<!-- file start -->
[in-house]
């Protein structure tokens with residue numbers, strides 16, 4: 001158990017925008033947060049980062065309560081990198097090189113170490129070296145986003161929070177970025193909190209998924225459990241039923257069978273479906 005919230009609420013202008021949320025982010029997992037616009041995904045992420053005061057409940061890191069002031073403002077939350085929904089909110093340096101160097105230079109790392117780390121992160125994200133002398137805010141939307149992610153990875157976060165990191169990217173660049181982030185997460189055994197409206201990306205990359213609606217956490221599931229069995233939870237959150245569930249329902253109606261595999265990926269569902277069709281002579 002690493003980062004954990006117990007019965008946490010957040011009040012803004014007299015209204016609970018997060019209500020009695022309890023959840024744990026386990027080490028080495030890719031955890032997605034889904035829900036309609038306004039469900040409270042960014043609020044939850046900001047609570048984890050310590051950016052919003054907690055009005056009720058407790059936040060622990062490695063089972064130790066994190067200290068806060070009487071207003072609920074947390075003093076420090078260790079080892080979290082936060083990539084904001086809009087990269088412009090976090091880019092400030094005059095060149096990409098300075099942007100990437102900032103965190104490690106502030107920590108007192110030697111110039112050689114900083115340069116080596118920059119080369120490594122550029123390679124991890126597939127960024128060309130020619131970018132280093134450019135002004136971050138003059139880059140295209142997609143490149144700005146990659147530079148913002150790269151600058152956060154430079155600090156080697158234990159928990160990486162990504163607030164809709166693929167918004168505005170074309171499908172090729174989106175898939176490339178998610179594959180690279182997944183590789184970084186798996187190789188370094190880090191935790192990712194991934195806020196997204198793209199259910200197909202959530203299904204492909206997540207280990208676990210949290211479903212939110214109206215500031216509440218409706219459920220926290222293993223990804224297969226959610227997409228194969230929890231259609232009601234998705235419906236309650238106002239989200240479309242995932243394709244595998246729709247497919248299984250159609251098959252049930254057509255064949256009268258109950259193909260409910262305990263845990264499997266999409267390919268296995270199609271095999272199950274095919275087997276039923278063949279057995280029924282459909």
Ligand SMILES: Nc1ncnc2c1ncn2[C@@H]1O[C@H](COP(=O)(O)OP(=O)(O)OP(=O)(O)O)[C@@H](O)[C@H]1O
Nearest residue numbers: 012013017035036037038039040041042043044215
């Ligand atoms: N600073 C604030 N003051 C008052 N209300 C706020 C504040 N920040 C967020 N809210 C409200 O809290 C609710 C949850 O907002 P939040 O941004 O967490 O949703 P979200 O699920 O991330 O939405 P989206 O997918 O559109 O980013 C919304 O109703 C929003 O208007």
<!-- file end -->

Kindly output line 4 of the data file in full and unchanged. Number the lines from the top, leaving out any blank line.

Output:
Nearest residue numbers: 012013017035036037038039040041042043044215